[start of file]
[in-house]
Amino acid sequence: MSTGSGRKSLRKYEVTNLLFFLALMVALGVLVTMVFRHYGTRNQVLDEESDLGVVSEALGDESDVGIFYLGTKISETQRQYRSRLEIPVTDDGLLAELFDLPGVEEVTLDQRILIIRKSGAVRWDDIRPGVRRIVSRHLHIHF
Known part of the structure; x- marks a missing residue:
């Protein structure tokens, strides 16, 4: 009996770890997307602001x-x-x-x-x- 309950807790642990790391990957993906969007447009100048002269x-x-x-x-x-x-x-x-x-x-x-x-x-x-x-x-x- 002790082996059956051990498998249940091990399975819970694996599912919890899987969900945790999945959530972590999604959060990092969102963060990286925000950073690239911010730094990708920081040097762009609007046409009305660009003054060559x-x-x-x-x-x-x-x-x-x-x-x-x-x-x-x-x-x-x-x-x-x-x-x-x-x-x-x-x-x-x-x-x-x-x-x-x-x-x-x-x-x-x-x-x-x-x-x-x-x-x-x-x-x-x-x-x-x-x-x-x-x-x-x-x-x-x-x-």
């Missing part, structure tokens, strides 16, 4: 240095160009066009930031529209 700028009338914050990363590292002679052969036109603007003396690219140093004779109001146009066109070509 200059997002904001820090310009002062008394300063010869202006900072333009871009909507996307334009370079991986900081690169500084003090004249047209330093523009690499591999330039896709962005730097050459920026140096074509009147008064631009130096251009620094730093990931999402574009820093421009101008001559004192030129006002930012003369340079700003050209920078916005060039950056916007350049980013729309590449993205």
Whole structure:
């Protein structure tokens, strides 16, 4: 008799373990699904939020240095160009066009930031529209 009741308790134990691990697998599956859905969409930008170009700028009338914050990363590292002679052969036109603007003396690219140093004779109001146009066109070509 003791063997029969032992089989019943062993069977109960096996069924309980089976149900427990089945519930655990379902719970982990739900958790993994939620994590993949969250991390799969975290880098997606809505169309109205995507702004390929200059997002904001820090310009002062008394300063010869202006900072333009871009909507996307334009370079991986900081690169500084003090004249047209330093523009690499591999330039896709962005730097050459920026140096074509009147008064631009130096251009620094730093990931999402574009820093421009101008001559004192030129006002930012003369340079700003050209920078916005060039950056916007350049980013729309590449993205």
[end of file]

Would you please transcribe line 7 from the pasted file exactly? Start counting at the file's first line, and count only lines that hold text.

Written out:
């Protein structure tokens, strides 16, 4: 008799373990699904939020240095160009066009930031529209 009741308790134990691990697998599956859905969409930008170009700028009338914050990363590292002679052969036109603007003396690219140093004779109001146009066109070509 003791063997029969032992089989019943062993069977109960096996069924309980089976149900427990089945519930655990379902719970982990739900958790993994939620994590993949969250991390799969975290880098997606809505169309109205995507702004390929200059997002904001820090310009002062008394300063010869202006900072333009871009909507996307334009370079991986900081690169500084003090004249047209330093523009690499591999330039896709962005730097050459920026140096074509009147008064631009130096251009620094730093990931999402574009820093421009101008001559004192030129006002930012003369340079700003050209920078916005060039950056916007350049980013729309590449993205």